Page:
Committed to Rights:Legal Paths to Committing and Complying with United Nations Human Rights Treaties
Tentatively titled “Committed to Rights: Legal Paths to Committing and Complying with United Nations Human Rights Treaties”, my book project expands on elements of my dissertation and explores the different legal ways states commit to human rights treaties. I argue for a more nuanced understanding of legal commitment that looks beyond ratification as the only measure of commitment. Focusing on the other commitment actions of signature, accession, and succession I make the case that states use each commitment type within different political contexts and mechanisms for rights change. Each type of commitment speaks to unique circumstances in which states are committing to human rights law.Because of these circumstances and differing rights contexts, we should not expect compliance behavior to be uniform for states across each commitment type.In fully examining the legal paths to commitment, this book provides a deeper understanding of how context matters for human rights commitment and change .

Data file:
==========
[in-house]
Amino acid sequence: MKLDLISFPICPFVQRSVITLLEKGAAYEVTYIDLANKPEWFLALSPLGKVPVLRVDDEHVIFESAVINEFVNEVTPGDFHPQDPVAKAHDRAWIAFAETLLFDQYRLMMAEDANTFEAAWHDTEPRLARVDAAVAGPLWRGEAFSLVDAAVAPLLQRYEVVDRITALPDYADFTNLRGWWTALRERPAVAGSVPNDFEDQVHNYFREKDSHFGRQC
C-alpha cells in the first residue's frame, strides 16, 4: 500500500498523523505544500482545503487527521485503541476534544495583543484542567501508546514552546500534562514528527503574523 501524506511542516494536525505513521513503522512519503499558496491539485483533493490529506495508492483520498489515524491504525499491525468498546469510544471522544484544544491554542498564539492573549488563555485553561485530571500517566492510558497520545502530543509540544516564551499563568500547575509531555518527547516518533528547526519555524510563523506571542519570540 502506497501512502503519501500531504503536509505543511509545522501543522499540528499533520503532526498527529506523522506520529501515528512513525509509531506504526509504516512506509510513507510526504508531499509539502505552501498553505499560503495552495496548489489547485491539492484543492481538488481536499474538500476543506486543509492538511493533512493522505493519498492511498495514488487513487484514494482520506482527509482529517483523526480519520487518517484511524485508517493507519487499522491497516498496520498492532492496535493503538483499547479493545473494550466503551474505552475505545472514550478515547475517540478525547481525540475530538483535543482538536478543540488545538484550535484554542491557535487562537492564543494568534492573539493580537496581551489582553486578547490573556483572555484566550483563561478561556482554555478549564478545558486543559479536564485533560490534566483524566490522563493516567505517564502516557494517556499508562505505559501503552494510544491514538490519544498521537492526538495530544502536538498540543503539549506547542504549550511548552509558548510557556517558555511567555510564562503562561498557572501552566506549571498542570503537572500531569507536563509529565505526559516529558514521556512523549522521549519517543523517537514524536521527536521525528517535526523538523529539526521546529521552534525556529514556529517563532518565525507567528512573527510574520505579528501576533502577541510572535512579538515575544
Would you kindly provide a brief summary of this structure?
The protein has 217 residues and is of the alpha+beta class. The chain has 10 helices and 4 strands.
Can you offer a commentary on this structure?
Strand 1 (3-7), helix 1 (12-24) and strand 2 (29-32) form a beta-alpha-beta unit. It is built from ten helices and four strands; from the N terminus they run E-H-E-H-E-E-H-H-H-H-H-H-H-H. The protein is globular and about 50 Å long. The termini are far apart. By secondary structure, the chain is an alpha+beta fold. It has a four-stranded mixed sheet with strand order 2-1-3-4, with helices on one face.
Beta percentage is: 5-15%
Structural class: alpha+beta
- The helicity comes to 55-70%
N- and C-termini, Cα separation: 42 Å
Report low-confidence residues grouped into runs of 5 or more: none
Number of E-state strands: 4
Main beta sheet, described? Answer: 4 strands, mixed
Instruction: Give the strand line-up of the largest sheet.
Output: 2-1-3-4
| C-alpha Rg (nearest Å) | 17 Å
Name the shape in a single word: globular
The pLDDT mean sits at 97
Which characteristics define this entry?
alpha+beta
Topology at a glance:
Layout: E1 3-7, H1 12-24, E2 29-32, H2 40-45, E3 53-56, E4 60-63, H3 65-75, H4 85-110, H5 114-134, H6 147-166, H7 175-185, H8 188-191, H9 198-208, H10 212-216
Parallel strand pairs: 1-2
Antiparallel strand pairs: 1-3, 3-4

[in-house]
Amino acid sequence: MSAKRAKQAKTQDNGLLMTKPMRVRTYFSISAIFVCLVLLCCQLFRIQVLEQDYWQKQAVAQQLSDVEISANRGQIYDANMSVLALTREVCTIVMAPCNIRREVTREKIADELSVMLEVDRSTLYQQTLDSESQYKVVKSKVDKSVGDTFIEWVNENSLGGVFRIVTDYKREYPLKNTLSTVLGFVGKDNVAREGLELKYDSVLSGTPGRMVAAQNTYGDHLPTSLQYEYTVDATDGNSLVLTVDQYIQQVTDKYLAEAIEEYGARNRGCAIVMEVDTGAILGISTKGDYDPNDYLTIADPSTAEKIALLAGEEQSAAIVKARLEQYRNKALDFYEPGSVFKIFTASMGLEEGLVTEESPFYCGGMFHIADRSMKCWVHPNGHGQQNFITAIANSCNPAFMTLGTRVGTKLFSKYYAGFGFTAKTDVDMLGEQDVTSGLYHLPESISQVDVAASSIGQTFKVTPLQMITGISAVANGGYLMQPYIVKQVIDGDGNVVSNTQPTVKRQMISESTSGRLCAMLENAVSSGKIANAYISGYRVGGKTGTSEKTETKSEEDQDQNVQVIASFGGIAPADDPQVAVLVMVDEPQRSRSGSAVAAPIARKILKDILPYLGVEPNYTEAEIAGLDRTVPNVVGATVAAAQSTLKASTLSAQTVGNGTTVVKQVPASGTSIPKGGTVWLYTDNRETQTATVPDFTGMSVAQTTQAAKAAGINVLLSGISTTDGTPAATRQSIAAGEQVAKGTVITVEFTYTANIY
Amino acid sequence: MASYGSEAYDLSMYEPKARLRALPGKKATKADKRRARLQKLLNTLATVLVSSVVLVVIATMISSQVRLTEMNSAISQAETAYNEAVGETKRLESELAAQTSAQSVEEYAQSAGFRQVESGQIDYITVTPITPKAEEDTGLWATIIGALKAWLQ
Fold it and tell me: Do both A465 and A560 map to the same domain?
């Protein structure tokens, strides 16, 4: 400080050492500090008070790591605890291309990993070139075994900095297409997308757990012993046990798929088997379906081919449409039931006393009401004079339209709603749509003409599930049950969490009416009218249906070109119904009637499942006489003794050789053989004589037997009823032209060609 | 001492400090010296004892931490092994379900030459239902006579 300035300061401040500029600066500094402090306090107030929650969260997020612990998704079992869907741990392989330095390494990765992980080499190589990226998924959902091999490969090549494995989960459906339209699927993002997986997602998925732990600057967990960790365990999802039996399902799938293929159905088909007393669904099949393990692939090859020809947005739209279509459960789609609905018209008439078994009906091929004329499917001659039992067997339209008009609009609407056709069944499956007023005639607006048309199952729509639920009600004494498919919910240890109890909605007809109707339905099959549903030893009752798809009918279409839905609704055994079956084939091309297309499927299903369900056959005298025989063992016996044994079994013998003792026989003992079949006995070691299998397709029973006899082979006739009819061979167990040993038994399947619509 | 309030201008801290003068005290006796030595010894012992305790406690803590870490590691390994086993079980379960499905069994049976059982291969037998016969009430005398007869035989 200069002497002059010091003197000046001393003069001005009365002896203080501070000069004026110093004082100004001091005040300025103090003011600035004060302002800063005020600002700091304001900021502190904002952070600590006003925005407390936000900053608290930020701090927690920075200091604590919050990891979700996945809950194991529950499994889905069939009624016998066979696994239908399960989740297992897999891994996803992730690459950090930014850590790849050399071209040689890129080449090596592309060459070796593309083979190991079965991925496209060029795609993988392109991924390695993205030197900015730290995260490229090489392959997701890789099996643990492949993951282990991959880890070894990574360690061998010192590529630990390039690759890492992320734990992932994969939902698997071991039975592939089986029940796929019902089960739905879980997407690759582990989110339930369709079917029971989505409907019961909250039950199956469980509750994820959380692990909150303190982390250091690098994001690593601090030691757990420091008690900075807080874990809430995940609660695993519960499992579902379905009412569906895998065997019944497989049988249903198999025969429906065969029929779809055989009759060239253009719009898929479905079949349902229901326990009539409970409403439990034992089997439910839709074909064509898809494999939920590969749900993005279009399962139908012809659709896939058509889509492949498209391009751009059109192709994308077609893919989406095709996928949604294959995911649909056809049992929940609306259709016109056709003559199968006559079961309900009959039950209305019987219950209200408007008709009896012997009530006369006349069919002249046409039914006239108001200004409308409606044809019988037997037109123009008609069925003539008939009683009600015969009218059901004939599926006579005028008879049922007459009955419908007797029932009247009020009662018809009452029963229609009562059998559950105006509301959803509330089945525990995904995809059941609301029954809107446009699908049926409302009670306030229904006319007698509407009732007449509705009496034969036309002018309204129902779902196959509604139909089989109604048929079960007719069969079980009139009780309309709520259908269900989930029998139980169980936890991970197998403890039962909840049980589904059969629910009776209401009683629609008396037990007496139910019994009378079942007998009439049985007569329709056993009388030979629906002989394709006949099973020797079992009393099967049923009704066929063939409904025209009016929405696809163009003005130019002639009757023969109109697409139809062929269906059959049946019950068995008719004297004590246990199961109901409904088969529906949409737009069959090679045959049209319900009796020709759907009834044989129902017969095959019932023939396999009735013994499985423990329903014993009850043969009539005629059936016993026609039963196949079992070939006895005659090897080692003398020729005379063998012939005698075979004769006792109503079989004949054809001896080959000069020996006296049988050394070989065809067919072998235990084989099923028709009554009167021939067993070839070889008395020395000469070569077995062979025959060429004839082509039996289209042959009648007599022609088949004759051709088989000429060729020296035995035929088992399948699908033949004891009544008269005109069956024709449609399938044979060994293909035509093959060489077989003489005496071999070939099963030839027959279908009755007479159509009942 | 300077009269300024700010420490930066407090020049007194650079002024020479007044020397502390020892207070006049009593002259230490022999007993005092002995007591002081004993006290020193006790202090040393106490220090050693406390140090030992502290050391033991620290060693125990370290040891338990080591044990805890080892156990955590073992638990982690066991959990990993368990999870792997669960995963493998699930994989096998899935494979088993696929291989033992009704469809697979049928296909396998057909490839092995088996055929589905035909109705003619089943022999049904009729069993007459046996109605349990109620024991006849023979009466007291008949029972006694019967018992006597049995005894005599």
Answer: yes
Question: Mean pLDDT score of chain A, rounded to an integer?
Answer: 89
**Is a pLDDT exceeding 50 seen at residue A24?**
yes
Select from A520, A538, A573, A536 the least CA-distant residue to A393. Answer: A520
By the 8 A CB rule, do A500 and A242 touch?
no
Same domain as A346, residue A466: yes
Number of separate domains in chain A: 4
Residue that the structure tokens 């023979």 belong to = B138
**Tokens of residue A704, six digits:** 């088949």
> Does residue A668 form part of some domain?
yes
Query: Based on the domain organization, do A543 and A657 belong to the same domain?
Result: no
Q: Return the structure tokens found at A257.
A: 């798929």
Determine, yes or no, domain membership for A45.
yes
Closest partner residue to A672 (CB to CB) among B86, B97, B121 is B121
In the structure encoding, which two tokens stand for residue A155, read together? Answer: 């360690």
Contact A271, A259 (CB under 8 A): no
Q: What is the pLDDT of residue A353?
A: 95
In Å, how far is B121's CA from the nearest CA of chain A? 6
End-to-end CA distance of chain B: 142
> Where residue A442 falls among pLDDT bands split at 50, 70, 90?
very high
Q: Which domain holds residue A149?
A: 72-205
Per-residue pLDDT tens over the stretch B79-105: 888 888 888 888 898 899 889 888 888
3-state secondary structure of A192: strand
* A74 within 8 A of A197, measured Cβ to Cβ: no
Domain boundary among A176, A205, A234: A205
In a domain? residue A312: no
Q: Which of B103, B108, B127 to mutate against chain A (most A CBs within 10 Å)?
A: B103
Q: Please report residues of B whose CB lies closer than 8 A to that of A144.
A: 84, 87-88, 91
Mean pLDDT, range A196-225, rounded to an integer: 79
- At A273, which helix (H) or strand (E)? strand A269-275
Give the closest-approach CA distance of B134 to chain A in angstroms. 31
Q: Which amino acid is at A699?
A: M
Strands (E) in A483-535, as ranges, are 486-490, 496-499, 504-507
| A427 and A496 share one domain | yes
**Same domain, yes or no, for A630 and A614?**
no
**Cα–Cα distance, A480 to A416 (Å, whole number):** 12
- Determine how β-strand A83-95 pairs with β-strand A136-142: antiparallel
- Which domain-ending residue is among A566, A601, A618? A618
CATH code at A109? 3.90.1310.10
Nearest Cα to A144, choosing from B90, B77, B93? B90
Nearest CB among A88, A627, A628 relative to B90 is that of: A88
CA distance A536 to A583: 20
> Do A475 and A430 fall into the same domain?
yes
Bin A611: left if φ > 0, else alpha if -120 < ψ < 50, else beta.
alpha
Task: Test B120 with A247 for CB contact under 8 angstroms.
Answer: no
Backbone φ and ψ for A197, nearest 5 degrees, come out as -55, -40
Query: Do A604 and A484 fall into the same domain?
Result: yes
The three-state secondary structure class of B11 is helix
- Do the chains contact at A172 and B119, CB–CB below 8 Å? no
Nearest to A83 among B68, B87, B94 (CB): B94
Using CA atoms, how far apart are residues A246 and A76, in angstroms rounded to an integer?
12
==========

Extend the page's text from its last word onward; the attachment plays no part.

Using legal histories, archival research, and quantitative analysis I find that separating out different commitment types matters and offers significantly different patterns of rights behavior than ratification. The project has important implications on the study of international law, an optimistic outlook for the impact of human rights treaties, and an acknowledgement that non-binding law can evoke state change.
Table of Contents 1. Introduction: Making the Case for Expanding the Study of Treaty Commitment 2. On Ratification: Findings, Conclusions, and Limits of a Ratification Focused Study of International Law 3. Signature: Step One in a Two-Step Process 4. Accession: The Importance of Participating (and Not Participating) in Treaty Negotiations 5. Succession: New Countries and Re-committing to Human Rights in Times of Regime Change 6. Conclusion